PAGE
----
One year ago I made the jump from a career full of youth services to a life as a director of a small public library. It was a jump that I knew I wanted to make for awhile and when I had the opportunity to work at the Benson Memorial Library in Titusville, PA I jumped right at it.
YOUR COMMUNITY IS UNIQUE. UNDERSTAND THEM.
We can’t rely on an article in a library related publication to spell out exactly what we need to do in our library. Every community is different, and with that you have to adapt to the community you have surrounding you. Once you do that, you will be the best librarian that you can be. What I did during my time at the Chattanooga Public Library would not work here in Titusville, PA. Some people in our community can’t even get an internet connection at their home, so a program like DEV DEV would just confuse everyone. Instead, Titusville is a place where people still read magazines, circulation of print materials is through the roof, and everyone knows everyone else and it’ll stay that way forever and ever. Knowing your community lets you do your job to the best of your ability. Take a lot of pride in that if this is something you have accomplished.
talk to everyone
When you are a library director, you become a sort of local celebrity. You are a person who holds a very important job in the community and people look up to you to lead and maintain the library, which most if not all of them hold in the highest regard. With that position comes a lot of added responsibilities such as the need to talk to everyone that you meet. You’re in the supermarket and you want some chocolate milk and nothing more. Well guess what? You may have to talk about the library to someone you run into. Enjoying a nice day off away from the library? That’s great! But if you decide to go out for a walk get ready to run into someone who will ask you if you’d like to partner with them on a project. A big part of the library director’s job is to talk to everyone in the community. You have to be a great listener, a great organizer, and be patient. Sometimes the conversations will lead nowhere, but that isn’t the point. What matters most is that the community feels that their voices are head. Once this is accomplished, they will become more invested in the library in their community.
MANAGING STAFF AND TAKING CARE OF A BUILDING IS TOUGH
One of the most difficult parts of my job is managing the staff and taking care of a 112 year old building. We have 8 employees (not counting myself) at the library. I sometimes say that we have 9 because the building could also be considered an employee as well. My “9” employees all have great ideas, habits, moods, and their own lives. When you get that many people together, you have ups and downs. Most of the time we’re all smooth sailing, humming along and doing our jobs to the best of our ability. However there are times where the waves are rocky and something is just off. It could be a slight miscommunication in the workplace. It could just be due to the library being busier than usual. It could be a number of things all smooshed together. As the director, I have to make sure that despite rough moments that everything has a friendly outward appearance and that we’re moving forward. Sometimes it requires some tough decisions and some uncomfortable conversations. In the end, my job is to protect this library, serve the community, and be there for our employees.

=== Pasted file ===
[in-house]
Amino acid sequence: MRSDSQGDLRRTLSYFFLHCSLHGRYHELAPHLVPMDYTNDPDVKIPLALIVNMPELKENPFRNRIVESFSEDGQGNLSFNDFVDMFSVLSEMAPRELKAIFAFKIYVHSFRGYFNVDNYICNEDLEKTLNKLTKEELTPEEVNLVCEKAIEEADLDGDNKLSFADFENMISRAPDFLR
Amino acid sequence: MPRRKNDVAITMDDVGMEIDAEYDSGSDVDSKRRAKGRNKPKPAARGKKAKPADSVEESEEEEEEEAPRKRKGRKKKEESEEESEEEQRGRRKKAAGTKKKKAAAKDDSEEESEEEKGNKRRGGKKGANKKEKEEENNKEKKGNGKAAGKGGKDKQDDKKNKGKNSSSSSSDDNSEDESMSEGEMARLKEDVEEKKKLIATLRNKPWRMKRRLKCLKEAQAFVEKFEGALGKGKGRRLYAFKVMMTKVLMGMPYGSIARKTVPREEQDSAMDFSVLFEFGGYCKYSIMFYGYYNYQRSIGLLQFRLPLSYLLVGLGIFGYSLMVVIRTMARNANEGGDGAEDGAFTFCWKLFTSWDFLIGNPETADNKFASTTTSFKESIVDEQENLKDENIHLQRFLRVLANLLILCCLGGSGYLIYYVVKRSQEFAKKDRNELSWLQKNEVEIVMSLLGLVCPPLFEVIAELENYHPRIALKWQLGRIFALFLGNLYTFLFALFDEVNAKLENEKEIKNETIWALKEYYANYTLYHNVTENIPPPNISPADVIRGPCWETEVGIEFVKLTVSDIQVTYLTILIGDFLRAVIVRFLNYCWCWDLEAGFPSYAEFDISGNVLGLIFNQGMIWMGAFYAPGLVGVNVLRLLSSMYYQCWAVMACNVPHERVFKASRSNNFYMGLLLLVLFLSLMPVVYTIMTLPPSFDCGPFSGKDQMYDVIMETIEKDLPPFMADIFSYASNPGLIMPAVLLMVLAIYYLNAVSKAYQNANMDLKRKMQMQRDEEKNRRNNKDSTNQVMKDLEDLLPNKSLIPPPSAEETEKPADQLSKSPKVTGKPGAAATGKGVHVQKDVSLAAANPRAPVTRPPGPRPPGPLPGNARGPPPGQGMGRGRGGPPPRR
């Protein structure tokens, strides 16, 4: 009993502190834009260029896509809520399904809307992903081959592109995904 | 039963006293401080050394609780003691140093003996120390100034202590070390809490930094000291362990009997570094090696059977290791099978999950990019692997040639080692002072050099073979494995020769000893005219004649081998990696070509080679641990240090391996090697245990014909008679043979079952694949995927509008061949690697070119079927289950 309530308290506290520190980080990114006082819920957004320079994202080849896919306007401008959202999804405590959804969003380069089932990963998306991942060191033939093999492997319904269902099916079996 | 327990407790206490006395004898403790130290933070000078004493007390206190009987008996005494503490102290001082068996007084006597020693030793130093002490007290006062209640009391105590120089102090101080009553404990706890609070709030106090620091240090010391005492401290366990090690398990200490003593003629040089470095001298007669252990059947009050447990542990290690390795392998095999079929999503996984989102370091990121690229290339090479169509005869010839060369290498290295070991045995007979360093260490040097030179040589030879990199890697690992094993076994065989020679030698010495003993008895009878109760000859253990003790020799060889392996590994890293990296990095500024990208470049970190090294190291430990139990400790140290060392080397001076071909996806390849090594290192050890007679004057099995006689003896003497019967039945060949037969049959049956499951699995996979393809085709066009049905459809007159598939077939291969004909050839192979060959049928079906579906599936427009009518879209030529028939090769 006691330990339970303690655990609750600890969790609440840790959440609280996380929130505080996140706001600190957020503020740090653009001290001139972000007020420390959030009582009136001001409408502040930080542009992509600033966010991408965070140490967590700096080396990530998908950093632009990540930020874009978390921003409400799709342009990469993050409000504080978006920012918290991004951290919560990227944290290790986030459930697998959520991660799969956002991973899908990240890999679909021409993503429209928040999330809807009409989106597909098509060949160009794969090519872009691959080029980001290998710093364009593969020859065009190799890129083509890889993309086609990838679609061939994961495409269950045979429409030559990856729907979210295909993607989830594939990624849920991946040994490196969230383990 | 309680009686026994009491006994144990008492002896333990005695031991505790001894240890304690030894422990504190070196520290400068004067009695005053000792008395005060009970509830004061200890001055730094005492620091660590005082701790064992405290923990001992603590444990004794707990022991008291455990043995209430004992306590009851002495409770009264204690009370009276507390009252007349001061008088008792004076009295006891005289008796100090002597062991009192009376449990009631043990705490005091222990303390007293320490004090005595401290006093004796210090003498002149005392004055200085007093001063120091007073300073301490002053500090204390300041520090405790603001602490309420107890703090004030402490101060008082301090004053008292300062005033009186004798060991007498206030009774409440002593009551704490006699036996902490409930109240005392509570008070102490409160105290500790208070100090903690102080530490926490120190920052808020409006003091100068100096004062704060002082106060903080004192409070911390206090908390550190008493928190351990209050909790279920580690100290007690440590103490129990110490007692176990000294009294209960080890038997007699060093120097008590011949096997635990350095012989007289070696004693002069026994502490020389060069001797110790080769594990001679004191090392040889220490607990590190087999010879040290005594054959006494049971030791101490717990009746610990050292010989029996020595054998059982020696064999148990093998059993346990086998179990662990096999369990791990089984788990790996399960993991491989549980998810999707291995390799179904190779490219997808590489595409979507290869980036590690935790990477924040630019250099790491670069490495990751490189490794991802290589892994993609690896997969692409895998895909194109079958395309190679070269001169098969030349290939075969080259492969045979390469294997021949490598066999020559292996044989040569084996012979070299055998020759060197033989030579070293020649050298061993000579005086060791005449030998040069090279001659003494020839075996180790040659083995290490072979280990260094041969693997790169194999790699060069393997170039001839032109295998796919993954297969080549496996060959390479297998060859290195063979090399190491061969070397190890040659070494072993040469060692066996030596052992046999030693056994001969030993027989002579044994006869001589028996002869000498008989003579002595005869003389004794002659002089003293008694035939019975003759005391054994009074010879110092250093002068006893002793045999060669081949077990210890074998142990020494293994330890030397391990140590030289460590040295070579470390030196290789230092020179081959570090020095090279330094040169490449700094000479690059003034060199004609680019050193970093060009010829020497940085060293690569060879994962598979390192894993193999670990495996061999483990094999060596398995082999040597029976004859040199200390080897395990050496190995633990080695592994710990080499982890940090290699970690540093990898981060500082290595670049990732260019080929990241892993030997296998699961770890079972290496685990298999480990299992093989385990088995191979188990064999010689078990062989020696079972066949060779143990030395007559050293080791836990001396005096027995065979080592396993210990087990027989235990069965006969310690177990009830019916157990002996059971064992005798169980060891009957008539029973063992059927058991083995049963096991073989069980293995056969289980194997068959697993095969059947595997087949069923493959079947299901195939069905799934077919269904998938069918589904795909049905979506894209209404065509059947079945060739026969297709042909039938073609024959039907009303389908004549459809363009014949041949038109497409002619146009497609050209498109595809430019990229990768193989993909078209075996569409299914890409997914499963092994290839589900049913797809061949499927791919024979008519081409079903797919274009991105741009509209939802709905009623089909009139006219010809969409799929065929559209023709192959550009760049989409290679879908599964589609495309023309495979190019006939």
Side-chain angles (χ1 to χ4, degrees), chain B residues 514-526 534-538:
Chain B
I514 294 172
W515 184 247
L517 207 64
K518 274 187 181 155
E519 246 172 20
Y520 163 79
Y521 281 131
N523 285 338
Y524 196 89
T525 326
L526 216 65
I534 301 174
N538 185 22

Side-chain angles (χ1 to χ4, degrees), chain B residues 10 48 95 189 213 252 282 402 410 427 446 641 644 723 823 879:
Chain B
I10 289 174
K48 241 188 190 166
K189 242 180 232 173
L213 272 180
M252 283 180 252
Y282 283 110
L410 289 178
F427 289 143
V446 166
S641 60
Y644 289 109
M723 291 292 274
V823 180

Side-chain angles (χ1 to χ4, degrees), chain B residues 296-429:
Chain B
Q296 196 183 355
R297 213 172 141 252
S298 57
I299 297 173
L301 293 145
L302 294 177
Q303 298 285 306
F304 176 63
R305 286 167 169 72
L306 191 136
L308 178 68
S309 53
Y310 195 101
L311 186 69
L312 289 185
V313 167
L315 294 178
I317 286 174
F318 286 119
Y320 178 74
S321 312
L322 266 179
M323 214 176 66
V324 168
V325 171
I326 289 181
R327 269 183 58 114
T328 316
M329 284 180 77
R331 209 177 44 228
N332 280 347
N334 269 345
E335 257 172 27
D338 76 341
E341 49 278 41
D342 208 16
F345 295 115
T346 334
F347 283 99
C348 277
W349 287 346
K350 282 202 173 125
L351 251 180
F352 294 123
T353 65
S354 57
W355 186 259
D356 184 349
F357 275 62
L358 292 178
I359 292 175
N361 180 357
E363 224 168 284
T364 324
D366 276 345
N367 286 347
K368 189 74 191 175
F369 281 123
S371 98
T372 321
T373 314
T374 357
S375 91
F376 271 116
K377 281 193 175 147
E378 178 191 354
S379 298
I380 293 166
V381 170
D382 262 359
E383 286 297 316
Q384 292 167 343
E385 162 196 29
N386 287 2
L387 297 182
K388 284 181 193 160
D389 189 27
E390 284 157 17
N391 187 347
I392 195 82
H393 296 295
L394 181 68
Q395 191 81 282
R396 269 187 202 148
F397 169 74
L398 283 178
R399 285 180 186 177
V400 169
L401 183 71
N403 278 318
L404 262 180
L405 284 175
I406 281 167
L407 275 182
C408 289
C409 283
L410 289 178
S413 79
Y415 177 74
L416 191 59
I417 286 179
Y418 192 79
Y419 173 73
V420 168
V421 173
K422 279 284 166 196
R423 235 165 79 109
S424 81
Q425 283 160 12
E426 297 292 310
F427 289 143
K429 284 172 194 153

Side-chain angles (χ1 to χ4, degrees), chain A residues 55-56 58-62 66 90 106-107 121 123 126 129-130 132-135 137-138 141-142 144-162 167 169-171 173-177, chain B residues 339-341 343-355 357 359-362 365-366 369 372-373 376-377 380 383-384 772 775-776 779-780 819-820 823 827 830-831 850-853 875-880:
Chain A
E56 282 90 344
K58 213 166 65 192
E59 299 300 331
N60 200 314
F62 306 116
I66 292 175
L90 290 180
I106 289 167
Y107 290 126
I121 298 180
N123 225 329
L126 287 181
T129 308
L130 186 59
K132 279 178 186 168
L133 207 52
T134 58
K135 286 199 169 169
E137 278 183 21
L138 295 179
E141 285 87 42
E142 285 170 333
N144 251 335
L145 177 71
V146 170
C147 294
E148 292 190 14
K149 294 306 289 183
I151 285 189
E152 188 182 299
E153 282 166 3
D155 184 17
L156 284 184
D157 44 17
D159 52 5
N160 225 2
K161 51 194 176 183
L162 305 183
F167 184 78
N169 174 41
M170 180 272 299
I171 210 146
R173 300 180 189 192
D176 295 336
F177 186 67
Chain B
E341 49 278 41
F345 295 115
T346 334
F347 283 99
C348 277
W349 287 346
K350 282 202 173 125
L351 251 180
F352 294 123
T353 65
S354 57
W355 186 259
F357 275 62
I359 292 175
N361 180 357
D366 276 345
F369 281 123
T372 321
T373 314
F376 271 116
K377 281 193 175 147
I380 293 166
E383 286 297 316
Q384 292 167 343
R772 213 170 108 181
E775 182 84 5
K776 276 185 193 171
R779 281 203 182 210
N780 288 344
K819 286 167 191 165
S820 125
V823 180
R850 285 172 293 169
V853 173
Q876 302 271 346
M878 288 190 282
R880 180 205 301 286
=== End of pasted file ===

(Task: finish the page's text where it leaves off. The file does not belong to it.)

The building, my “9th” employee, is a beautiful 112 year old pseudo Carnegie-esque kind of building that is just simply amazing. The space is great and has been kept up really well through the years. The community really cares about this building and it shows: everything is well taken care of, well organized, and there for the community. But sometimes the air conditioner wants to break and the historic sandstone steps erode away over time due to use. It happens! I have to constantly be on my toes, thinking about how I can wrangle some extra money out of the budget or find someone to fund a project. These thoughts hum through my head almost nonstop.
All in all, this part of the job is the toughest. But every decision I make has the same end goal in sight: to make this library exist for hundreds of more years to come in this amazing community.
-Post by Justin Hoenke, Tame the Web Contributor